How so? Look no further than the gloom surrounding the Chancellor’s Autumn Statement, which openly acknowledged the huge range of uncertainty surrounding the impact of Brexit on the economy.
And that’s before taking into consideration the prospect of Donald Trump in the White House, and the recent hardening of attitudes towards Britain seen among Europe’s politicians.
Donald Trump? Don’t forget that the United States is Britain’s largest export market – and the protectionist-minded Mr Trump is now its President-elect.
Paul Johnson, the director of the Institute of Fiscal Studies, put it starkly. The institute’s projections, he observed, saw no growth in real wages for a decade.
“One cannot stress enough how dreadful that is, more than a decade without real earnings growth,” he said. “We have certainly not seen a period remotely like it in the last 70 years.”
Moreover, he added, inflation-adjusted wages will be lower in 2021 than in 2008, with half the wage growth that had been projected prior to the Brexit referendum now not expected to happen.
You don’t need me to tell you that this isn’t good news. A rocky economy isn’t pleasant for anyone.
So why might it be good for your investments?
Let’s start with the savings ratio – that is, the proportion of household income that is saved, rather than spent.
Perversely, it tends to run counter to the economic cycle: when times are good, people spend a higher proportion of their income, and when times are bad, they save a higher proportion of their income.
Right now, the economy is relatively benign, and you’ll recall from the most recent GDP figures that it was higher than expected levels of consumer expenditure that buffered the anticipated economic shock that the referendum delivered. While businesses pulled in their horns, consumers carried on spending.
At present the savings ratio is at 5.1 per cent – less than half of its level at the height of the recession in 2009.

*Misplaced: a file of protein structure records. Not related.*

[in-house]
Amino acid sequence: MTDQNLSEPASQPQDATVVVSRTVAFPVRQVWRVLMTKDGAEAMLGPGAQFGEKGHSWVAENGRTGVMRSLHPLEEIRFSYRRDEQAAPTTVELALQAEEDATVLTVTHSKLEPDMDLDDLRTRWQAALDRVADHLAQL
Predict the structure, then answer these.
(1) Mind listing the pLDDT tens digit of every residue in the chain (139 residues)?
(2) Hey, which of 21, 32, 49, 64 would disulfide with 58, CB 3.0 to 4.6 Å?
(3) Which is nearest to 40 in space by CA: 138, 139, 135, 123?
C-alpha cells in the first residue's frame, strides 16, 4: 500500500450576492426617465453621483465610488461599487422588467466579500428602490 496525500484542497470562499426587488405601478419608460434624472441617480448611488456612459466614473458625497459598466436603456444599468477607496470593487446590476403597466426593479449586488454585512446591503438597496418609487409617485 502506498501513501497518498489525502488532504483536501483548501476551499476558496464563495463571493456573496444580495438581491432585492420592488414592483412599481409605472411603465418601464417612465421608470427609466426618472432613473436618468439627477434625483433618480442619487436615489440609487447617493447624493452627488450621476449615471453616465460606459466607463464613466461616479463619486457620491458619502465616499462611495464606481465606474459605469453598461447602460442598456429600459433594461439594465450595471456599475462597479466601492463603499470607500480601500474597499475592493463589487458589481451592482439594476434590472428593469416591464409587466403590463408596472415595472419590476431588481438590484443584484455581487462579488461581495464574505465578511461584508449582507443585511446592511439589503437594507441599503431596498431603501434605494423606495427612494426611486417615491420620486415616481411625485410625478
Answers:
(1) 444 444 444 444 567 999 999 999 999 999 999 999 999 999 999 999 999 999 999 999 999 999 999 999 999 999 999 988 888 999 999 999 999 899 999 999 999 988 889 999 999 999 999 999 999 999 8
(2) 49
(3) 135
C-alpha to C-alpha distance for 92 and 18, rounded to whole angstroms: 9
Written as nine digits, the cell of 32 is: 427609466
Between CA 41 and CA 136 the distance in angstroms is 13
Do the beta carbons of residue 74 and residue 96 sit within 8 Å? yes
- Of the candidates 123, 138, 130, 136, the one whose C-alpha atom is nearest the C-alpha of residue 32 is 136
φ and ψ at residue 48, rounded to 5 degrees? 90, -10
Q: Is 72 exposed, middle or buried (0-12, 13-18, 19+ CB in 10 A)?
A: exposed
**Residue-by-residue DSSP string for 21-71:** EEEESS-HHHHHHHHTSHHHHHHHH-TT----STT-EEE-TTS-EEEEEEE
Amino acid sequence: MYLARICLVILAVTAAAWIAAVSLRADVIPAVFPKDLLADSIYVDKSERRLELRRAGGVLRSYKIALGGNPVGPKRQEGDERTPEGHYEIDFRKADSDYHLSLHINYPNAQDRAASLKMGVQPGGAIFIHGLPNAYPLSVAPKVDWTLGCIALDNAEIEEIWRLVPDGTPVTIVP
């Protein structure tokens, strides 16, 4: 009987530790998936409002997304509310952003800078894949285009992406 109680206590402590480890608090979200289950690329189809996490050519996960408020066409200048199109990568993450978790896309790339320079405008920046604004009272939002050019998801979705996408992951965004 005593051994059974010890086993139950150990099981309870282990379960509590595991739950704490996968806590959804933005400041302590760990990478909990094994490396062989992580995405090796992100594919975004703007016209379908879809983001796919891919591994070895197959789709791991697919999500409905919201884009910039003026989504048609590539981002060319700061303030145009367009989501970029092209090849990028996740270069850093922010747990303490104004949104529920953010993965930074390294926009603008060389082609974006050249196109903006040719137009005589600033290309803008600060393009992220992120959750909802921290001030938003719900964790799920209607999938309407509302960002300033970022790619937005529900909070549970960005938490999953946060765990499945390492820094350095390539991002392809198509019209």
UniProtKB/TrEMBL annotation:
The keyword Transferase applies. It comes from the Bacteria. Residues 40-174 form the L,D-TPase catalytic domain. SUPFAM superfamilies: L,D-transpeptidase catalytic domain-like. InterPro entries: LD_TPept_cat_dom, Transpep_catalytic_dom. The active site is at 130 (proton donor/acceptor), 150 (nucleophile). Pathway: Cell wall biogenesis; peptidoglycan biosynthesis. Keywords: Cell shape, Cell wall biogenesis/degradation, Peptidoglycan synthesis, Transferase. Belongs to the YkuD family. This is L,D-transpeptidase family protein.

Put another way, it’s only been this low twice since the early 1970s – the dotcom boom, and the 2005-2006 mini-boom delivered by a buoyant housing market and easy credit.
So let’s return to that gloomy economic prognosis, and the coming decade of dampened economic growth.
Where do you think that the savings ratio is going to head next? If you’re not sure, note that when times are good it goes down, and when times are bad it goes up.
That’s right: the odds are looking good for a rising savings ratio.
All of which means that you, me, and pretty much everyone else is going to feel that it might be prudent to put away a little more each month . . . just in case.
And I don’t know about you, but with interest rates likely to still be very low (although probably higher than today’s 0.25 per cent Bank Rate), I won’t be squirrelling much of my extra savings into cash accounts.
Particularly as it’s likely that subdued economic activity will take some of the froth off share prices.
Meaning that there might be some tasty bargains on offer – just as in 2009. And, somewhere on the other side of all this, that could mean decent gains, and a decent income from shares that were bought while they were cheap.
Now, all of this comes with a few hefty caveats.
The Brexit negotiations might go swimmingly, for one. The Institute of Fiscal Studies’ economic forecasts might be wrong. Donald Trump might recant his protectionist policies.
And so on, and so on.
But the balance of probabilities, I feel, is on those caveats being somewhat unlikely.
The UK’s savings ratio can’t keep heading downwards. We will all, I think, soon be saving a little more.
So where will you invest your additional savings?